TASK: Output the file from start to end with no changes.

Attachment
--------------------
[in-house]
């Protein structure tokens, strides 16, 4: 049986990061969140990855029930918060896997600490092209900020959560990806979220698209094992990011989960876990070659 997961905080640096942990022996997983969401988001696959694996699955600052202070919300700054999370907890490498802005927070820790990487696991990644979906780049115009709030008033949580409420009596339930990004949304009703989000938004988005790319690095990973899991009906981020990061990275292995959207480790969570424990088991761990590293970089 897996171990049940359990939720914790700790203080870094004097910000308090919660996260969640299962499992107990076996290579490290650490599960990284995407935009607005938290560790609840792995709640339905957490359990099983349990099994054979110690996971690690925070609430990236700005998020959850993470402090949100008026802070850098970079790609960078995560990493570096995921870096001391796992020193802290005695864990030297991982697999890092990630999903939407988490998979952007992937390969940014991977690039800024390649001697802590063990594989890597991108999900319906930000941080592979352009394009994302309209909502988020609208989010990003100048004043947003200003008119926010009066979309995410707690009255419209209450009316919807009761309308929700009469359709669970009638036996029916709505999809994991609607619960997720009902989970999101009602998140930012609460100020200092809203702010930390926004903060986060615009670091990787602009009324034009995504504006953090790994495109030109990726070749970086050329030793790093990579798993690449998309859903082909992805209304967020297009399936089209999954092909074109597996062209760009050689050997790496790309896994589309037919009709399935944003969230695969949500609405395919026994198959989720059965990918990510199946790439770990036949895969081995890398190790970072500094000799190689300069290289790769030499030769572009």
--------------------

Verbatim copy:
[in-house]
């Protein structure tokens, strides 16, 4: 049986990061969140990855029930918060896997600490092209900020959560990806979220698209094992990011989960876990070659 997961905080640096942990022996997983969401988001696959694996699955600052202070919300700054999370907890490498802005927070820790990487696991990644979906780049115009709030008033949580409420009596339930990004949304009703989000938004988005790319690095990973899991009906981020990061990275292995959207480790969570424990088991761990590293970089 897996171990049940359990939720914790700790203080870094004097910000308090919660996260969640299962499992107990076996290579490290650490599960990284995407935009607005938290560790609840792995709640339905957490359990099983349990099994054979110690996971690690925070609430990236700005998020959850993470402090949100008026802070850098970079790609960078995560990493570096995921870096001391796992020193802290005695864990030297991982697999890092990630999903939407988490998979952007992937390969940014991977690039800024390649001697802590063990594989890597991108999900319906930000941080592979352009394009994302309209909502988020609208989010990003100048004043947003200003008119926010009066979309995410707690009255419209209450009316919807009761309308929700009469359709669970009638036996029916709505999809994991609607619960997720009902989970999101009602998140930012609460100020200092809203702010930390926004903060986060615009670091990787602009009324034009995504504006953090790994495109030109990726070749970086050329030793790093990579798993690449998309859903082909992805209304967020297009399936089209999954092909074109597996062209760009050689050997790496790309896994589309037919009709399935944003969230695969949500609405395919026994198959989720059965990918990510199946790439770990036949895969081995890398190790970072500094000799190689300069290289790769030499030769572009």